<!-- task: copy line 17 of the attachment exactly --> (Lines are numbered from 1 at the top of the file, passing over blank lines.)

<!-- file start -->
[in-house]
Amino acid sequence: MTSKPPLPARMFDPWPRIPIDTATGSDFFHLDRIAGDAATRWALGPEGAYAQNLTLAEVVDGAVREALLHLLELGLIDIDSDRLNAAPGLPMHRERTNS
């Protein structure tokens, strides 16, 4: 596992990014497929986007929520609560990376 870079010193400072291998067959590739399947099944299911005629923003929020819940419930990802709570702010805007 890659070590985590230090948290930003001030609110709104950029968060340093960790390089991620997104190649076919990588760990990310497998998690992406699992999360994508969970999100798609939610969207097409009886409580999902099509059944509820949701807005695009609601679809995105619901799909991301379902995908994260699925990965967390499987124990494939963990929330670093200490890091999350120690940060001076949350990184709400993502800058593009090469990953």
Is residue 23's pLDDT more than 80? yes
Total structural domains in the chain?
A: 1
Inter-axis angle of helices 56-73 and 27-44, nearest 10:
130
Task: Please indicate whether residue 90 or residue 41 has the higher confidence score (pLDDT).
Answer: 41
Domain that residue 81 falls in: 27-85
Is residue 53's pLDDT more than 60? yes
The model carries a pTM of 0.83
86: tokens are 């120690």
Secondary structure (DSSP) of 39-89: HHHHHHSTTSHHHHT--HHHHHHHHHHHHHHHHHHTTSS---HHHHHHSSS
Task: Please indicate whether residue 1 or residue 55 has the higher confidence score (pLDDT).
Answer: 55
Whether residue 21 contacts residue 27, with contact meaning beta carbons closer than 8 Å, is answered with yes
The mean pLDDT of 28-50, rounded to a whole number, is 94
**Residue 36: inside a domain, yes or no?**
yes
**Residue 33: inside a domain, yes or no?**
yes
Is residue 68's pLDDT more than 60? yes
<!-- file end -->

Answer: 55